Connected to that argument, there’s a strong temptation across the political spectrum that hard-headed social science looks at material factors at the economic pressures, aspirations to power. I’ve argued all that’s true, but what will lead to economic well-being, what will lead to power, and what to do with power, these are all things that need to be interpreted through ideas, and I have argued that social science needs to study ideas as well as material factors, and in relation to material factors, sometimes against the grain of my discipline but with some impact over time.
It may well be though, I’ve done lots of work with graduate students, have advised over 60 PhD dissertations, and been on about 150 dissertation committees, as well as teaching thousands of undergraduates, and it may be that my teaching will have more impact. It did lead some graduate students to do dissertations that paid more attention to ideas, like for example Rogan Kersh who wrote on the idea of union and American political thought, a great dissertation and then he went on to do greater things.
Jed: That’s right. And so let’s talk a little bit about our friend Rogan Kersh who’s the provost at my university. You mentioned that he lampooned you with a little video skit that was called Rogers and Me, taking your first name and the play on the Michael Myers movie. So do you wanna just give us a little treat about what that was about, and why it was so funny?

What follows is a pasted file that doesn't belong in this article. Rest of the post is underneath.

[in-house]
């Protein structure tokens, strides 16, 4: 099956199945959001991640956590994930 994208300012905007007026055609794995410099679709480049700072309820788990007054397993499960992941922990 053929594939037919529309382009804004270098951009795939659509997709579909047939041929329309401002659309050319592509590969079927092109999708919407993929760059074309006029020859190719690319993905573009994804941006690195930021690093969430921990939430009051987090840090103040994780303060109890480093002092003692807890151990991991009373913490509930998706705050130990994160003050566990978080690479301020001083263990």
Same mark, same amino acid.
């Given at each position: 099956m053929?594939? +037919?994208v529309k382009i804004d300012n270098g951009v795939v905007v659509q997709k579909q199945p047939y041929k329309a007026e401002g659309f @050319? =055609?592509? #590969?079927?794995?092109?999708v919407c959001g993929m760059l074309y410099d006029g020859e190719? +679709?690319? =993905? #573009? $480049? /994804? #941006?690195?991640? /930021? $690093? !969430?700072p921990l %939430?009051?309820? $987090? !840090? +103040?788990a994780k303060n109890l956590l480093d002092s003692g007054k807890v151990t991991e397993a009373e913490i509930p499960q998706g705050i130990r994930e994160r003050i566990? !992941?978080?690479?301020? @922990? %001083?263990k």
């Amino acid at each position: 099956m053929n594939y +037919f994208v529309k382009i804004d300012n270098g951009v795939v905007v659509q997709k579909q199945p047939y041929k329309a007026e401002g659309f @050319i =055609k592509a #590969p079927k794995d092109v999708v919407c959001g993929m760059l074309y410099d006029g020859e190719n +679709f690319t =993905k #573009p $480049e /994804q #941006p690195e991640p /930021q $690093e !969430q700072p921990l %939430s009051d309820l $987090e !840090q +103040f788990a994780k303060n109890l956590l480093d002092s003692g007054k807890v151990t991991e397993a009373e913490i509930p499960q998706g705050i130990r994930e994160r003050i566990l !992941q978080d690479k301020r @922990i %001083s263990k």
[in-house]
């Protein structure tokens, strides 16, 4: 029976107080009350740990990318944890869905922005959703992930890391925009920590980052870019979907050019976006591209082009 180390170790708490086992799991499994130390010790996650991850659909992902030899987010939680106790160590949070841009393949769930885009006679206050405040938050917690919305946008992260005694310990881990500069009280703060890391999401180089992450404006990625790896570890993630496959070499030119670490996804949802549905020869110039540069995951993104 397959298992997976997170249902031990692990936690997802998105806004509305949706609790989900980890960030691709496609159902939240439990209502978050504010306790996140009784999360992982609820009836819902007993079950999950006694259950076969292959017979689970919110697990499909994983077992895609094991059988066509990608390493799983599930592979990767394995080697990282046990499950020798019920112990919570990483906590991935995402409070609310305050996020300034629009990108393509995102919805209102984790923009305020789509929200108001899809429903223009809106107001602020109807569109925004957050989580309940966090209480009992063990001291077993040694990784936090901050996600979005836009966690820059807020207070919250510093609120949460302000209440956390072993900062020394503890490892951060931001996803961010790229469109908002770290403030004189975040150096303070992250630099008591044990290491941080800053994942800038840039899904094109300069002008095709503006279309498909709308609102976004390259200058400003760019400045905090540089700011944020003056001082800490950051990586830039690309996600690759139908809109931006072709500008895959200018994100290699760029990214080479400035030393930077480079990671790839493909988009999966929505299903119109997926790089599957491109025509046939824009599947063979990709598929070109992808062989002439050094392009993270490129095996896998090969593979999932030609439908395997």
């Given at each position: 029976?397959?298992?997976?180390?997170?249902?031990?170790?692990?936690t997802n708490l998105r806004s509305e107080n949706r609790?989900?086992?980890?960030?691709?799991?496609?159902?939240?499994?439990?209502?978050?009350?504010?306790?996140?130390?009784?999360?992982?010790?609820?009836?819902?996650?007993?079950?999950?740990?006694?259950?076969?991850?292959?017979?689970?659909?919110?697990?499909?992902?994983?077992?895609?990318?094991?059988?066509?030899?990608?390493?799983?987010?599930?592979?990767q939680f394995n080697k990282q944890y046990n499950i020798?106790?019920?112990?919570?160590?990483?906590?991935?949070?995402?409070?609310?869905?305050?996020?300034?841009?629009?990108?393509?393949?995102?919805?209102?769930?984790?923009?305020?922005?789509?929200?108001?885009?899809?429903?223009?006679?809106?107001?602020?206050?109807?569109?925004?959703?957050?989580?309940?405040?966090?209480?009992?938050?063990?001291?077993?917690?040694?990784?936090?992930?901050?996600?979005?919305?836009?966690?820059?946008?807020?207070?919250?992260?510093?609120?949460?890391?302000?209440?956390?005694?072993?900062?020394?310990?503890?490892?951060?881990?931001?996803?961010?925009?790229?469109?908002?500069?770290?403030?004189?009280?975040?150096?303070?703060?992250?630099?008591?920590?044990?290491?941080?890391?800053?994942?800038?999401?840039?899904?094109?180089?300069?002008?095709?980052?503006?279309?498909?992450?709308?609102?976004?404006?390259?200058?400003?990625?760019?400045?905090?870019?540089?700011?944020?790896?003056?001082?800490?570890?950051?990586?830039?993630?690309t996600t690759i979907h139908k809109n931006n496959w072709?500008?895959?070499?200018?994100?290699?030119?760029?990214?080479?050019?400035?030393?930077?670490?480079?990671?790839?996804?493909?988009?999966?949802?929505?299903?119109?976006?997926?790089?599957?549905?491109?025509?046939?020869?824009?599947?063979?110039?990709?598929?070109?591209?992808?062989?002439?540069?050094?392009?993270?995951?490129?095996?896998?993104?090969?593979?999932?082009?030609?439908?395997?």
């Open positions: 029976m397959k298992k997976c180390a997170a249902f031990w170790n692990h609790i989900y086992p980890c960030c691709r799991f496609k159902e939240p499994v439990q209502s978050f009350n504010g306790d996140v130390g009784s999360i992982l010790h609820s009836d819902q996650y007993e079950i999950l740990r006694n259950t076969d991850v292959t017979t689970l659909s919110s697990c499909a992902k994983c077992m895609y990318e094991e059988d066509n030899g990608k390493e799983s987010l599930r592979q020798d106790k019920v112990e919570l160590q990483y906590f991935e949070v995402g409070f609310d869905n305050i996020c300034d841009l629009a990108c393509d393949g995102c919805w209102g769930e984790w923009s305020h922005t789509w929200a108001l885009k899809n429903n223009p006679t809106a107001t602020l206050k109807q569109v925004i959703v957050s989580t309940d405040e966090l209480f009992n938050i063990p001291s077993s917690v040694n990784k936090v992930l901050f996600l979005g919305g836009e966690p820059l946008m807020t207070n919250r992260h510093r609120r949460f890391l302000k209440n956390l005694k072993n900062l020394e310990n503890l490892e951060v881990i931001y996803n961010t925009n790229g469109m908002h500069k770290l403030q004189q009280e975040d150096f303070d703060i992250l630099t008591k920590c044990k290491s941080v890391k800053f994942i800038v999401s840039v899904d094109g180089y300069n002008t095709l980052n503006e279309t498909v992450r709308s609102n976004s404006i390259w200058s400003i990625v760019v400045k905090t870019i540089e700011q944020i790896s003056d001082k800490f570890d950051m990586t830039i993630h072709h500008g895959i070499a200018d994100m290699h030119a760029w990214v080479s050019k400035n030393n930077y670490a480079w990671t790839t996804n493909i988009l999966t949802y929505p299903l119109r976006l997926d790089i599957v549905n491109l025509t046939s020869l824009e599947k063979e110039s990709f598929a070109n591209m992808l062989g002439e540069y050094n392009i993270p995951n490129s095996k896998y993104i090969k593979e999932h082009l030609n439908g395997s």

Rogers: Well, it’s Michael Moore that...
Jed: Oh sorry, Michael Moore.
Rogers: The documentary guy, right. Although it had a Michael Meyer’s quality to it. It really made Michael Moore famous when he did this documentary Roger and Me about how the president of General Motors then, whose name was Roger Smith was being so cold and heartless towards the automobile workers in Michigan including Flint, Michigan where Michael Moore was from. And so I was teaching a DL then, and at the end of every year the graduate students would have skits and shows where they mocked the faculty, a very healthy activity, and Rogan got the idea of shooting a video called Rogers and Me. He got all of the graduate students involved in making it, and its theme was that in addition to being cold and heartless, my vision of political science was destructive of the career of graduate students, and it was very funny. I like to think his subsequent career has shown that it’s not entirely true.
Jed: Okay, good. Well good. It has just been a pleasure to be with you today, Professor Smith. I like that you are trying to bring more of the ideas of freedom, unity, whatever it is. The ideas make a difference in political science and politics and it’s not just the cold hard facts of economics and who’s at war with whom. So I like that, and I think that that’s probably one of the reasons that you are one of our most influential political scientists, and we really appreciate you taking some time with us today. So thank you.
Rogers: Thank you, Jed. It’s been a pleasure.